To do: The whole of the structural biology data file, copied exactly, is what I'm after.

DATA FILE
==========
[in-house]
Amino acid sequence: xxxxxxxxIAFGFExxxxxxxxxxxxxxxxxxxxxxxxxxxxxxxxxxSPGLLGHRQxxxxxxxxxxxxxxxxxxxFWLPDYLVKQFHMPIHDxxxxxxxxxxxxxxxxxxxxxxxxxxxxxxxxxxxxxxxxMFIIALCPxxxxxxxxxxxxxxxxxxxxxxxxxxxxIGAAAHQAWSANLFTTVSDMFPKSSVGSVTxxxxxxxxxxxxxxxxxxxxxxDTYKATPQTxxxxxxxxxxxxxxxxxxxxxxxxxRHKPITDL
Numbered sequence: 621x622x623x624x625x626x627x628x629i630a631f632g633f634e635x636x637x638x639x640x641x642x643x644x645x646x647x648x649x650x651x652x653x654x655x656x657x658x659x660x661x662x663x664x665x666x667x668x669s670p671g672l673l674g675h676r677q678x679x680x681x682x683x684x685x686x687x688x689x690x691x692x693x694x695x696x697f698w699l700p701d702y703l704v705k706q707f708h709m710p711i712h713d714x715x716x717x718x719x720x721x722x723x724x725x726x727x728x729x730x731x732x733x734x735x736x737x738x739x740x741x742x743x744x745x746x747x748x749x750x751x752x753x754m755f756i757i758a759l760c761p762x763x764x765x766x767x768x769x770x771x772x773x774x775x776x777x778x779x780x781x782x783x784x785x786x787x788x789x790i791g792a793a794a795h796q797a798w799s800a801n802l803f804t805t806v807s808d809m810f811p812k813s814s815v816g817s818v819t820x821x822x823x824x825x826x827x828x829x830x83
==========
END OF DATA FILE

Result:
[in-house]
Amino acid sequence: xxxxxxxxIAFGFExxxxxxxxxxxxxxxxxxxxxxxxxxxxxxxxxxSPGLLGHRQxxxxxxxxxxxxxxxxxxxFWLPDYLVKQFHMPIHDxxxxxxxxxxxxxxxxxxxxxxxxxxxxxxxxxxxxxxxxMFIIALCPxxxxxxxxxxxxxxxxxxxxxxxxxxxxIGAAAHQAWSANLFTTVSDMFPKSSVGSVTxxxxxxxxxxxxxxxxxxxxxxDTYKATPQTxxxxxxxxxxxxxxxxxxxxxxxxxRHKPITDL
Numbered sequence: 621x622x623x624x625x626x627x628x629i630a631f632g633f634e635x636x637x638x639x640x641x642x643x644x645x646x647x648x649x650x651x652x653x654x655x656x657x658x659x660x661x662x663x664x665x666x667x668x669s670p671g672l673l674g675h676r677q678x679x680x681x682x683x684x685x686x687x688x689x690x691x692x693x694x695x696x697f698w699l700p701d702y703l704v705k706q707f708h709m710p711i712h713d714x715x716x717x718x719x720x721x722x723x724x725x726x727x728x729x730x731x732x733x734x735x736x737x738x739x740x741x742x743x744x745x746x747x748x749x750x751x752x753x754m755f756i757i758a759l760c761p762x763x764x765x766x767x768x769x770x771x772x773x774x775x776x777x778x779x780x781x782x783x784x785x786x787x788x789x790i791g792a793a794a795h796q797a798w799s800a801n802l803f804t805t806v807s808d809m810f811p812k813s814s815v816g817s818v819t820x821x822x823x824x825x826x827x828x829x830x83